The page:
Our weekly “New Starts” roundup of new and newsworthy transportation projects worldwide.
Berlin to Undertake Major Light-Rail Expansion
The new left-wing “red-red-green” alliance of parties that will govern the German capital of Berlin has announced a number of programs it will undertake as part of the “BerlinStrategie 2030” coalition agreement among the Social Democrats, the Left Party and the Greens. Chief among them, the International Railway Journal reports, is a major expansion of the city’s light-rail network.
It’s part of a larger transportation program that includes adding cycling and pedestrian options, canceling some road-building projects, introducing a citywide speed limit of 30 kmh (18.6 mph), expanding S-Bahn regional rail service and reopening some lines, and removing most traffic from Unter den Linden, the grand boulevard through central Berlin.
Four tram lines already being planned by Berlin Transport will be fast-tracked to begin construction next year. Work on five more tram lines will begin by 2021; the lines in this group will also bring tram service back to the former West Berlin for the first time since the 1960s. The city government will also begin planning work for six additional lines with the goal of building them between 2021 and 2026; if built, they will create an extensive tram network in the western part of central Berlin.
The coalition’s transportation plan also calls for headways as short as 5 minutes on the busiest portion of the S-Bahn, several extensions into neighboring regions, greater autonomy for the city to operate suburban rail services and city ownership of the S-Bahn rolling stock by 2028.
Because the city’s finances are weak, the tram expansion plan will hinge on the German federal government’s willingness to support it. The city itself will devote 60 million euros per year ($64.51 million U.S.) to the program. As no money is available to buy new trams at present, older existing trams will be kept in service for a while longer in the near term.
Jerusalem Announces Plans for Second Light-Rail Line
Arutz Sheva Israel National News reported Dec. 1 that the Jerusalem city government has submitted plans for a second light-rail line through the city.
The Blue Line, the second of four light-rail lines planned for Jerusalem, will have a main line running from Gilo at the city’s southern end to Ramot in its northwesternmost corner via the city center. A branch will serve another southwest neighborhood, Malkha, on a route that takes the line down Emek Refaim Street south of the city center.
Jerusalem light rail (Photo by Claude Villetaneuse)
Jerusalem Mayor Nir Barkat reassured residents in a letter that, on the contrary, the line will mean new patrons and increased revenue for the street’s existing businesses along with “hundreds of millions of shekels” of new investment in streetscape improvements “while also preserving the uniqueness and appearance of the street and the German Colony.”
The city had planned to run the line along a former rail right-of-way to Emek Refaim’s east, but after consultation with local residents and businesses, opted to run it down the street instead, as the old rail line had become a popular linear park. Barkat defends the decision to shift the route, pointing to the Red Line’s success in reviving the fortunes of Jaffa Street, the central Jerusalem thoroughfare down which it runs.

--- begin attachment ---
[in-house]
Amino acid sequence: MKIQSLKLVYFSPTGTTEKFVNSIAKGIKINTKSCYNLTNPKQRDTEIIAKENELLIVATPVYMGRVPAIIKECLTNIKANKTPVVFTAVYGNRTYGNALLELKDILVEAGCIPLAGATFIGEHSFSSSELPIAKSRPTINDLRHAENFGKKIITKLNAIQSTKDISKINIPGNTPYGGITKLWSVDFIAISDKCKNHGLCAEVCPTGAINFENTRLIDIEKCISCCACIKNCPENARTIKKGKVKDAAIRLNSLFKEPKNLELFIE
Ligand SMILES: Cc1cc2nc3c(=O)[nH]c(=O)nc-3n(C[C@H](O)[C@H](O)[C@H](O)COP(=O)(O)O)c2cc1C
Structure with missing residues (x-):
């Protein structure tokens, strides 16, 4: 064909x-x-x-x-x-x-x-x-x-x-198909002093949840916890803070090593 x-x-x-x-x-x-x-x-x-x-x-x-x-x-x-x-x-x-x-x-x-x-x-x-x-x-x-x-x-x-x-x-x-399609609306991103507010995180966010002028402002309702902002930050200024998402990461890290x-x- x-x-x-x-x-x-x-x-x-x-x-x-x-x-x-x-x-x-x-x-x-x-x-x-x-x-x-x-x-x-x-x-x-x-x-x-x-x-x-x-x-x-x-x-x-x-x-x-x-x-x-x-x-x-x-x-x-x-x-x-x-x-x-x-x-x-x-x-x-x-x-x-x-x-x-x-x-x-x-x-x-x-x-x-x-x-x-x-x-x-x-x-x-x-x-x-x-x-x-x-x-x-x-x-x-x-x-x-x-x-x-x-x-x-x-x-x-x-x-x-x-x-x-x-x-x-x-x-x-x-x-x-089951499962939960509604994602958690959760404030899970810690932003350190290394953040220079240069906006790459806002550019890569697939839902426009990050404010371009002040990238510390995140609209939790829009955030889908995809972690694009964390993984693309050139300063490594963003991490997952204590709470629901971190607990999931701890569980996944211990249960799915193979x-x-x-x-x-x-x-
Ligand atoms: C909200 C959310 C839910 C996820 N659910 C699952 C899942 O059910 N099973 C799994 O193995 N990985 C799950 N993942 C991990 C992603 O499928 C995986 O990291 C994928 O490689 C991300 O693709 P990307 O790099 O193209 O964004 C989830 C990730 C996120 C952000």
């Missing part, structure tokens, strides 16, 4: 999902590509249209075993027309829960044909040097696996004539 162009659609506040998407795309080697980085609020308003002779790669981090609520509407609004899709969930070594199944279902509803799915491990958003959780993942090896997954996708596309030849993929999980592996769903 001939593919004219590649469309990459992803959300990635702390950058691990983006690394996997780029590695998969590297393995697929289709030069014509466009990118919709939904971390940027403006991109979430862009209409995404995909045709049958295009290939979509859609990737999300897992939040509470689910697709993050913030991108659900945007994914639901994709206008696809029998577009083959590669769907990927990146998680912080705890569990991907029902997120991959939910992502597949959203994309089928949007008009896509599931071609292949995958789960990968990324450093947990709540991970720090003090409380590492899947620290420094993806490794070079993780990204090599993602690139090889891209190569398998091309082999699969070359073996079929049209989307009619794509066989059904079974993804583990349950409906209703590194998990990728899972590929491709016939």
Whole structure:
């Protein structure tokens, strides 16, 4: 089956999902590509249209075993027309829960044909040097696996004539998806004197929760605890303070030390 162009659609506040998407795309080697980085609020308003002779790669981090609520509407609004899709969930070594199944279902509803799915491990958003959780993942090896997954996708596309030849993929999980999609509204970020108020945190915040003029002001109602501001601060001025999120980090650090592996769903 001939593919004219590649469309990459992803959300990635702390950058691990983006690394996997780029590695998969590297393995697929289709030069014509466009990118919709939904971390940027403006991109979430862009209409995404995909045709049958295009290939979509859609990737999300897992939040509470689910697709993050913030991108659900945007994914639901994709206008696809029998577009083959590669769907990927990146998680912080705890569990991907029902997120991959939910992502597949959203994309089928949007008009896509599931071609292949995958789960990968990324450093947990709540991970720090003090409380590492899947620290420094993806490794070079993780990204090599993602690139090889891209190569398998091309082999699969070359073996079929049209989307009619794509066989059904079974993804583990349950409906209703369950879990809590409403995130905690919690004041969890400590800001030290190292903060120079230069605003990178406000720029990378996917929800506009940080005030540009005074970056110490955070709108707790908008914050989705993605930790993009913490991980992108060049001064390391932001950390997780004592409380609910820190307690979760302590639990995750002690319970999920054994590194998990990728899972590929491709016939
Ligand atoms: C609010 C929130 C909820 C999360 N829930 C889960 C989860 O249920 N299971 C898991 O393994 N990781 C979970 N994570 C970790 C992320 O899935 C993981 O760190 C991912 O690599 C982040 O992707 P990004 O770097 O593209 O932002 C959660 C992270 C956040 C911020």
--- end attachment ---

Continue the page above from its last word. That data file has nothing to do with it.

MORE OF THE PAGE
Kansas City Contemplates Another Streetcar Extension
Clay Chastain may be the most persistent citizen transit advocate in the country, refusing to give up on his particular vision for light rail in his former hometown even after Kansas Citians voted down what Chastain said would be his last expansion proposal on Nov. 8. But that doesn’t mean the city isn’t interested in expanding light rail.
(AP Photo/Orlin Wagner)
The Kansas City Streetcar Authority expects to pick a consulting firm this week to conduct a feasibility study for the extension. Authority Executive Director Tom Gerend said multiple firms had expressed interest when the authority board authorized the study in September.
The study will examine the technical, cost and financing issues associated with the project and include public input sessions. The authority is proposing the extension now in response to the first signs of development taking place near the park, which runs along a relatively isolated stretch of the riverbank north of the railroad tracks that separate it from the rest of downtown. Port KC, the city’s port authority, broke ground last week on a $72 million retail and apartment project on the riverfront near the park.
The Streetcar Authority, Port KC and the Kansas City Area Transportation Authority will split the study’s $225,000 cost. Ridership on the existing Main Street streetcar line remains strong even after falling from its summertime highs of more than 10,000 trips daily, with ridership averaging 6,000 passengers a day in November.
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Next City contributor Sandy Smith is an associate editor at Philadelphia magazine. Over the years, his work has appeared in Hidden City Philadelphia, the Philadelphia Inquirer and other local and regional publications. His interest in cities stretches back to his youth in Kansas City, and his career in journalism and media relations extends back that far as well.